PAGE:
Note: In the case of destinations, “Other” includes Anguilla, Antigua and Barbuda, Aruba, Barbados, Belize, Bermuda, British Virgin Islands, Cayman Islands, Curaçao, Dominica, Grenada, Guyana, Haiti, Martinique, Montserrat, Puerto Rico, St. Kitts and Nevis, St. Lucia, Sint Maarten, St. Vincent and the Grenadines, Suriname, Turks and Caicos, and United States Virgin Islands. In the case of sources, “Other” includes the rest of the world.

The changes in U.S. policy toward Cuba since December 2014 are quite significant: travel has been facilitated under much more general licenses for 12 categories,4 the permitted level of remittances to Cuba has been increased, and commercial relations and authorized transactions have been broadened. However, tourism is still banned, although cruise ships and scheduled commercial airline traffic have resumed within the 12 categories of travel allowed. Although many of these changes are quite recent, 2015 was a record year for Cuba tourism—arrivals increased by 17.4 percent, with across-the-board increases in Canadian and European tourists, as well as U.S. visitors.

Some Caribbean destinations are more at risk of experiencing disruptions in their tourism sectors if a change in U.S. policy allows unrestricted tourism travel to Cuba, thereby increasing competition for U.S. tourists. Figure 4.2 shows the countries whose tourism source is predominantly the United States (that is, more than 50 percent). All the countries to the left of the white line depend heavily on U.S. tourists, with the U.S. Virgin Islands, Puerto Rico, Turks and Caicos, The Bahamas, the Cayman Islands, and Bermuda receiving more than 70 percent of their tourists from the United States. The tourism destinations on the right side of the white line, on the other hand, are more diversified away from the United States; hence, if the number of U.S. tourists visiting them were to decline, the shock would be smaller, and it would likely be easier for them to attract visitors from other countries to compensate for the decline in U.S. visitors.

Figure 4.2.Caribbean Tourist Arrivals by Source, 2014

(Percent of total)

Sources: Acevedo, Alleyne, and Romeu 2017; Caribbean Tourism Organization; World Tourism Organization; and authors’ calculations.

Note: “Other” includes the rest of the world. Data labels in figure use International Organization for Standardization (ISO) country codes.

The extent to which a country’s tourism strategy has recently concentrated on targeting the U.S. market matters as much as its current dependency on U.S. tourists. To study this aspect, the change in the share of tourists from all source markets was calculated, and is presented in Figure 4.3. All the countries to the left of the black bar have become more dependent on the U.S. tourism market since 2000. The countries to the right have diversified away from the United States, and thus are better prepared if a U.S.-Cuba opening were to result in a decline of U.S. tourists to the region. The countries to the left of the bar seem to have focused their efforts on attracting more U.S. tourists, so they are less prepared to diversify their visitor sources.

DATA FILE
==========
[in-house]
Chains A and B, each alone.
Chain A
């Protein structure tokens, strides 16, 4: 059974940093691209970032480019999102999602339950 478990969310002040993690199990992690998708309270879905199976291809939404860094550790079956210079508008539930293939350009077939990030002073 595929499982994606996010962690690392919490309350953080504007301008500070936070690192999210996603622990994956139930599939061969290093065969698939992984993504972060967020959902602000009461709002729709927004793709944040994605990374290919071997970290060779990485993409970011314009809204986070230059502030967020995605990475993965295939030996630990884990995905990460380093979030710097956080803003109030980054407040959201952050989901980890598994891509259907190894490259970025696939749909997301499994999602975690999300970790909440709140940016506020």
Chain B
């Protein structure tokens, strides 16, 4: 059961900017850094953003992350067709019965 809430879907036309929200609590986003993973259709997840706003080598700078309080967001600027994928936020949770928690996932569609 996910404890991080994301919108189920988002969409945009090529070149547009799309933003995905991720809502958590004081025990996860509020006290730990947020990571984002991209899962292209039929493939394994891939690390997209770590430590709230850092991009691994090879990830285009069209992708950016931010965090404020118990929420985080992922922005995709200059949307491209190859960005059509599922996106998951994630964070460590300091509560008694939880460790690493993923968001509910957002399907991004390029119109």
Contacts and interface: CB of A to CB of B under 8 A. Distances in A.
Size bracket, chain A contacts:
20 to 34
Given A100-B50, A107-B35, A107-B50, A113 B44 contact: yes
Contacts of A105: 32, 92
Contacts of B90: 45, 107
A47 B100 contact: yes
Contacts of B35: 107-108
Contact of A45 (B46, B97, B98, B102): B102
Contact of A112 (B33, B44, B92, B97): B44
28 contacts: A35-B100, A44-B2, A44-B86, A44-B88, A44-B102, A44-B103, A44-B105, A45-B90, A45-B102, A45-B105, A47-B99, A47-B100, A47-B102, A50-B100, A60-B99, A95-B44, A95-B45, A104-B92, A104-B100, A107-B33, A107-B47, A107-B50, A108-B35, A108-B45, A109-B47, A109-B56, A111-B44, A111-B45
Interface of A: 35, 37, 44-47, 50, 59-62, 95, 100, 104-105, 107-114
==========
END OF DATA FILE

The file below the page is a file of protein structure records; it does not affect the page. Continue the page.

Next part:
Figure 4.3.Caribbean Change in Share of Tourism Sources, 2000–14

(Percent)

Sources: Acevedo, Alleyne, and Romeu 2017; Caribbean Tourism Organization; World Tourism Organization; and authors’ calculations.

Note: “Other” includes the rest of the world. Data labels in figure use International Organization for Standardization (ISO) country codes.

1 For Guyana the base year is 2001, and for Suriname the base year is 2006.

Not surprisingly, there is some overlap between the “most at risk” countries identified in Figures 4.2 and 4.3. Among those countries, the U.S. Virgin Islands, Puerto Rico, and Turks and Caicos stand out as the most vulnerable to a potential disruption in U.S. tourist flows. It is important to note that while some countries for which more than 50 percent of their visitors come from the United States have been diversifying away from the U.S. market (for example, The Bahamas and Bermuda), other countries with relatively low U.S. dependency (for example, Dominican Republic and Antigua and Barbuda) have actually been targeting the U.S. tourism market more in the past 15 years.